"It's Fall, And Time To Get Busy"
By Capt. Fred Davis
Published: Saturday, September 26, 2015

Whether you live in the Thumb or the metro area, the list of fall chores is very important. It’s easy to say, “I’ll do them next week,” because it’s still warm out and there are fun things to do. If you pass on doing them too many times, you may be caught by poor weather which makes the work very uncomfortable.

You probably have a list, but if not, make one. Some ideas may include winterizing vehicles; cars, boats, personal watercraft, generators and gas-powered equipment. Pour stabilizer in each tank you transfer fuel with, then fill with fresh fuel. Using this fuel, fill all gas powered equipment. If you plan to continue using any of them, it’s still a good time to use the stabilizer. It will clean out the tank and filters, especially those with ethanol fuel in them. Ethanol may cause extensive damage if left in the equipment for an extended time. Don’t forget your scooters, motorcycles or any other motors that run on gas. Be sure to treat that back-up generator if you want it to work when needed.

Make sure all your small, gas-powered tools; mowers, trimmers, chain saw, blowers, etc. run with the treated fuel. When you fill your small device tanks, be sure to start them up even if you don’t plan to use them the rest of the year. The objective is to treat and clean the entire system. If you do continue using these tools, remember to refill them with the treated fuel.

The fairer sex that read my column can help with the next item on my idea list. Treat the lawn and flowers, cut back and cover any that need it. Fertilize for the cold season. There are lots of landscaping chores that will need to be done that most of you know a lot more about than I.

Your list may include sealing around windows — storm windows are a thing of the past on most homes. Even expensive, new windows and doors can leak. If you feel a leak, try to seal it up. Doing this will help with the heating bill. There are various seals available at building supply outlets and most local hardware stores. As you are doing this, remember bugs and varmints will want to get in out of the cold. Make sure small holes are plugged, there are good sealants to accomplish this task.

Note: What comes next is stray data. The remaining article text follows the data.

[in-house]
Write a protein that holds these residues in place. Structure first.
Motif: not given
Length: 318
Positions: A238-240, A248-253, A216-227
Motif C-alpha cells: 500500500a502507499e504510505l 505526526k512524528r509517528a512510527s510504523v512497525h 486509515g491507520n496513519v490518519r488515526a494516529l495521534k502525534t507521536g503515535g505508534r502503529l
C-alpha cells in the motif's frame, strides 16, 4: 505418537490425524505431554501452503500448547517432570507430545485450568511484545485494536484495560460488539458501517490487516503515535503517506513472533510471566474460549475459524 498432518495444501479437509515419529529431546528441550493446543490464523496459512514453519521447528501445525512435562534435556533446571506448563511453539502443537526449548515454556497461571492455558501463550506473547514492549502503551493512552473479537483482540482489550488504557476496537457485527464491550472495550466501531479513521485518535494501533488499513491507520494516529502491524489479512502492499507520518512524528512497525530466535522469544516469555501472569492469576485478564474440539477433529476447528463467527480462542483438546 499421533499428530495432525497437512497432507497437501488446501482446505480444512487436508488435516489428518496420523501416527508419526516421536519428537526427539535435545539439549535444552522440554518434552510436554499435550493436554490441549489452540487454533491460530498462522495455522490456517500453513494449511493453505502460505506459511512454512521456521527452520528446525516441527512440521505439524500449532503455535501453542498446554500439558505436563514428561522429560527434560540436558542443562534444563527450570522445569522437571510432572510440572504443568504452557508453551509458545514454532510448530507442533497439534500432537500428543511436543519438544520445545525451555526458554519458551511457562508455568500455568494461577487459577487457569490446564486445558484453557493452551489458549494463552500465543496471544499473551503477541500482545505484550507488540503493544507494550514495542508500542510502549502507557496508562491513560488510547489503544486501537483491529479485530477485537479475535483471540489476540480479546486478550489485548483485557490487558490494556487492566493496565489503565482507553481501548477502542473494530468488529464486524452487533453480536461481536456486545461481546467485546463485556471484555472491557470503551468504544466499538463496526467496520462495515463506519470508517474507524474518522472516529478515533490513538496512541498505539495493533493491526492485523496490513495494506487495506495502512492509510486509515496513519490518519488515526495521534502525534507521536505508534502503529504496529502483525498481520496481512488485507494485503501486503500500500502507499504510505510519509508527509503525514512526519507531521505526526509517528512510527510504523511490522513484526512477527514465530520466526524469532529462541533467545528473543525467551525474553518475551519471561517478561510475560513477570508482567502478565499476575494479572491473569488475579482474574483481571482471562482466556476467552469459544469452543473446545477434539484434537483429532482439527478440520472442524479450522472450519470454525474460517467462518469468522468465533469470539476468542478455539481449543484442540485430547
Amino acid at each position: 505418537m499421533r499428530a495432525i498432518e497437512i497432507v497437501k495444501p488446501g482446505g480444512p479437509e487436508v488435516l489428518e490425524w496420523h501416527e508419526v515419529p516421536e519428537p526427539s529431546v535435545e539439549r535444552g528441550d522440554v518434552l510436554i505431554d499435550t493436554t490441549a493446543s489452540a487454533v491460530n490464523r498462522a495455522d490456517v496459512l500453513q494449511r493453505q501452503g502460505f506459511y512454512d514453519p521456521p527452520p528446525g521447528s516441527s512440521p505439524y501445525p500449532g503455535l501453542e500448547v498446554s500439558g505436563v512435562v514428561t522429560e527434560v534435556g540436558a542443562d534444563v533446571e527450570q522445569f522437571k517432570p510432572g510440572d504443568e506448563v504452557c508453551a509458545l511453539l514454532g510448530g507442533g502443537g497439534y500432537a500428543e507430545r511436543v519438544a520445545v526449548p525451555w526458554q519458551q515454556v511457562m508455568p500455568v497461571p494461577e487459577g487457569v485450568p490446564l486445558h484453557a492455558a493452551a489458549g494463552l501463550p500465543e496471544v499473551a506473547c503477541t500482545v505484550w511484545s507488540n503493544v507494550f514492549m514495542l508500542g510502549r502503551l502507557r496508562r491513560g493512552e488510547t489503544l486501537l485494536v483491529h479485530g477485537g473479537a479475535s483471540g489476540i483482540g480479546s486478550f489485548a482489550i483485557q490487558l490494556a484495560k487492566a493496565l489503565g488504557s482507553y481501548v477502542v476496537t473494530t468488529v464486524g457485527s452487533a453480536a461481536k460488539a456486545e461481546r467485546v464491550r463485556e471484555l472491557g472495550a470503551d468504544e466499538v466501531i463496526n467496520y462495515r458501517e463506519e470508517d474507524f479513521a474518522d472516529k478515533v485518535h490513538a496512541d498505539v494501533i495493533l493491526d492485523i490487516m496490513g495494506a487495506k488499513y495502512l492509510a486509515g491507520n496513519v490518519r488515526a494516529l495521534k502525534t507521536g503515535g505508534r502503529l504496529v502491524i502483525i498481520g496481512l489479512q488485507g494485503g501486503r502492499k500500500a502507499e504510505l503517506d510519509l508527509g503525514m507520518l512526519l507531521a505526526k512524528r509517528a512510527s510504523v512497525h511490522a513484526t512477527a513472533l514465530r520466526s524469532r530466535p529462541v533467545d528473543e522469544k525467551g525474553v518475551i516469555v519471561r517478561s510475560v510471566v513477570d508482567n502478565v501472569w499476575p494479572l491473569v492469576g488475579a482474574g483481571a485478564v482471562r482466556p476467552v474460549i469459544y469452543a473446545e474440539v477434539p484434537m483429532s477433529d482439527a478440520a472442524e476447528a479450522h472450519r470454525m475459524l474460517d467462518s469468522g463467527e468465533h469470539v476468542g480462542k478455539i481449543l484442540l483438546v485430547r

If you’re winterizing a summer cottage that is left un-heated, provide lots of ant and varmint food to avoid infestation. Use some lock spray on your door locks around the house, shed and extra vehicles. It only takes a few minutes but will save you from problems later. Seems obvious but cover your windows to prevent discoloration of carpet, drapes and furniture. It also discourages anyone from looking in.

If you are storing a trailered boat, as you winterize it be sure to run the motor; inboard, I/O or outboard, with treated fuel. Fill a built-in fuel tank 90 percent full leaving 10 percent for expansion due to temperature fluctuations. While working on your boat, don’t neglect the trailer. Pull the wheels and grease the bearings to avoid rust damage and air tires to proper pressure.

If you plan to use a tarp or vinyl cover, seal it and weight it down whether inside or outside. Chipmunks and mice can enter in an opening the size of your thumb. If varmints get into your vessel, they will chew up wiring and hoses — plus anything else lying around. These precautions also need to be taken if you store at a marina, it is not their responsibility.

As I see it, after writing this column, it’s time for me to get busy and good luck to all of us as we undertake the fall chores.


Return to Home Page of Tipsforboating.com


Copyright © Fred Davis. All rights reserved.